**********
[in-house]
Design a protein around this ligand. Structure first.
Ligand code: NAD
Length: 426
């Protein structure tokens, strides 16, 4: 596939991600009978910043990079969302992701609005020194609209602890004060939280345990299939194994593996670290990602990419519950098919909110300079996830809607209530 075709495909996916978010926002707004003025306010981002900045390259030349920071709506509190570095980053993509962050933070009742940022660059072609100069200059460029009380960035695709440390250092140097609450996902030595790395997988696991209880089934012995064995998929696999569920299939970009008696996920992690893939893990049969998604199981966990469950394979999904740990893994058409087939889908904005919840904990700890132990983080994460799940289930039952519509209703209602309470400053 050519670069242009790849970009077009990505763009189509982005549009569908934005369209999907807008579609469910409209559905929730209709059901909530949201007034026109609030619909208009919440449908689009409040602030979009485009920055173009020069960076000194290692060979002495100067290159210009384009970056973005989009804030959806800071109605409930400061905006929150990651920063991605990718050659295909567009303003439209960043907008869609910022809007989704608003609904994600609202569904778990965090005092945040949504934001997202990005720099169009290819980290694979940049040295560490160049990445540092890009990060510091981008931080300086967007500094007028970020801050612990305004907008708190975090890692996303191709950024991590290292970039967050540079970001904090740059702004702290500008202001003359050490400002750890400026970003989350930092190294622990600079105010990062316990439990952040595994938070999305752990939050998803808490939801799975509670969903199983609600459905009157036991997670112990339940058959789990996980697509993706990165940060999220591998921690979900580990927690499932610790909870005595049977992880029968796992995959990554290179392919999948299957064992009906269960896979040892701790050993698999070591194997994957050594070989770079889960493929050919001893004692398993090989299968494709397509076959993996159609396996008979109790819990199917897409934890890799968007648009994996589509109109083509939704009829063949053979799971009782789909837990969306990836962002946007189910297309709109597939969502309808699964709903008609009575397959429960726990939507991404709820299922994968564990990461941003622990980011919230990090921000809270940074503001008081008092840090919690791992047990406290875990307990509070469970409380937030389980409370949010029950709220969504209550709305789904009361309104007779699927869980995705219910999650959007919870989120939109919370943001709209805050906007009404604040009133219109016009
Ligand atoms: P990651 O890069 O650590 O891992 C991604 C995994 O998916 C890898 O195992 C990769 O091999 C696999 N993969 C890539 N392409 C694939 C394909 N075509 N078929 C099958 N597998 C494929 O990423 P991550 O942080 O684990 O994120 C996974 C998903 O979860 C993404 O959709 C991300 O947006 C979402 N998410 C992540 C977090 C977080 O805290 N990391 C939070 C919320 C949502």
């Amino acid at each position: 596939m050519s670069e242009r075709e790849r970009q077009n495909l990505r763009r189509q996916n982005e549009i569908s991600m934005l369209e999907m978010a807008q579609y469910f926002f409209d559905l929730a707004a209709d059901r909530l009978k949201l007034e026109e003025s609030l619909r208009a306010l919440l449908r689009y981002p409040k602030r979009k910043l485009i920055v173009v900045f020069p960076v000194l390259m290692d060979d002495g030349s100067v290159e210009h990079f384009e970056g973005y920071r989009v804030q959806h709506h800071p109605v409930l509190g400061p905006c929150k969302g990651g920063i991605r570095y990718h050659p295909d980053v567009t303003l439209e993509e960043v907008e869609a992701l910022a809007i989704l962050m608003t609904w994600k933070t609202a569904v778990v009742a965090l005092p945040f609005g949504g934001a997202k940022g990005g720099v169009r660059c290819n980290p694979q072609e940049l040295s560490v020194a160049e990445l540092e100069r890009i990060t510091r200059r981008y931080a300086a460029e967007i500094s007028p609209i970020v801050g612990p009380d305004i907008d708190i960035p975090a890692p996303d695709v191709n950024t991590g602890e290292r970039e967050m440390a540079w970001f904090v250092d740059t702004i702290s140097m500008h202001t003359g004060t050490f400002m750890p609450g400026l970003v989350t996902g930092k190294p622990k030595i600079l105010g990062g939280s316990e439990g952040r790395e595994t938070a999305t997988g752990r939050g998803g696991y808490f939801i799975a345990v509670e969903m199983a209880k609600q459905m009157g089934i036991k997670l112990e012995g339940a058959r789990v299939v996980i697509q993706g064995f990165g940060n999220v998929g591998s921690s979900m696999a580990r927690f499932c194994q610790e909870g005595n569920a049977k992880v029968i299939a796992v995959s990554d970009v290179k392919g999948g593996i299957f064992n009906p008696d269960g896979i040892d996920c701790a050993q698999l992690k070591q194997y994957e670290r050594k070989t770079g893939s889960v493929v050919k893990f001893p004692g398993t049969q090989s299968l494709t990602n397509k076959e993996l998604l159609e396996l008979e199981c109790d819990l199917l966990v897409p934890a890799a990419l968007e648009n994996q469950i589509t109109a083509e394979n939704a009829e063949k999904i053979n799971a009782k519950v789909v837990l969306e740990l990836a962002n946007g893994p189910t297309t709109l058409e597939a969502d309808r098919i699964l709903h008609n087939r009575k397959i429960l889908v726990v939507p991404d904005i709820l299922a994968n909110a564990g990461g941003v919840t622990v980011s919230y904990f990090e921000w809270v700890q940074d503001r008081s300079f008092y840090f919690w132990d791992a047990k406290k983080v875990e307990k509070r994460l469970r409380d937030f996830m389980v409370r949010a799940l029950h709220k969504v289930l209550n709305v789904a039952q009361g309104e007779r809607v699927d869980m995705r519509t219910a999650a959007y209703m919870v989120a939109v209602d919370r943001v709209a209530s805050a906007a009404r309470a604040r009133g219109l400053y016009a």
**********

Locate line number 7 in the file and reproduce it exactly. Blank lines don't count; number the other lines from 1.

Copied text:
């Amino acid at each position: 596939m050519s670069e242009r075709e790849r970009q077009n495909l990505r763009r189509q996916n982005e549009i569908s991600m934005l369209e999907m978010a807008q579609y469910f926002f409209d559905l929730a707004a209709d059901r909530l009978k949201l007034e026109e003025s609030l619909r208009a306010l919440l449908r689009y981002p409040k602030r979009k910043l485009i920055v173009v900045f020069p960076v000194l390259m290692d060979d002495g030349s100067v290159e210009h990079f384009e970056g973005y920071r989009v804030q959806h709506h800071p109605v409930l509190g400061p905006c929150k969302g990651g920063i991605r570095y990718h050659p295909d980053v567009t303003l439209e993509e960043v907008e869609a992701l910022a809007i989704l962050m608003t609904w994600k933070t609202a569904v778990v009742a965090l005092p945040f609005g949504g934001a997202k940022g990005g720099v169009r660059c290819n980290p694979q072609e940049l040295s560490v020194a160049e990445l540092e100069r890009i990060t510091r200059r981008y931080a300086a460029e967007i500094s007028p609209i970020v801050g612990p009380d305004i907008d708190i960035p975090a890692p996303d695709v191709n950024t991590g602890e290292r970039e967050m440390a540079w970001f904090v250092d740059t702004i702290s140097m500008h202001t003359g004060t050490f400002m750890p609450g400026l970003v989350t996902g930092k190294p622990k030595i600079l105010g990062g939280s316990e439990g952040r790395e595994t938070a999305t997988g752990r939050g998803g696991y808490f939801i799975a345990v509670e969903m199983a209880k609600q459905m009157g089934i036991k997670l112990e012995g339940a058959r789990v299939v996980i697509q993706g064995f990165g940060n999220v998929g591998s921690s979900m696999a580990r927690f499932c194994q610790e909870g005595n569920a049977k992880v029968i299939a796992v995959s990554d970009v290179k392919g999948g593996i299957f064992n009906p008696d269960g896979i040892d996920c701790a050993q698999l992690k070591q194997y994957e670290r050594k070989t770079g893939s889960v493929v050919k893990f001893p004692g398993t049969q090989s299968l494709t990602n397509k076959e993996l998604l159609e396996l008979e199981c109790d819990l199917l966990v897409p934890a890799a990419l968007e648009n994996q469950i589509t109109a083509e394979n939704a009829e063949k999904i053979n799971a009782k519950v789909v837990l969306e740990l990836a962002n946007g893994p189910t297309t709109l058409e597939a969502d309808r098919i699964l709903h008609n087939r009575k397959i429960l889908v726990v939507p991404d904005i709820l299922a994968n909110a564990g990461g941003v919840t622990v980011s919230y904990f990090e921000w809270v700890q940074d503001r008081s300079f008092y840090f919690w132990d791992a047990k406290k983080v875990e307990k509070r994460l469970r409380d937030f996830m389980v409370r949010a799940l029950h709220k969504v289930l209550n709305v789904a039952q009361g309104e007779r809607v699927d869980m995705r519509t219910a999650a959007y209703m919870v989120a939109v209602d919370r943001v709209a209530s805050a906007a009404r309470a604040r009133g219109l400053y016009a």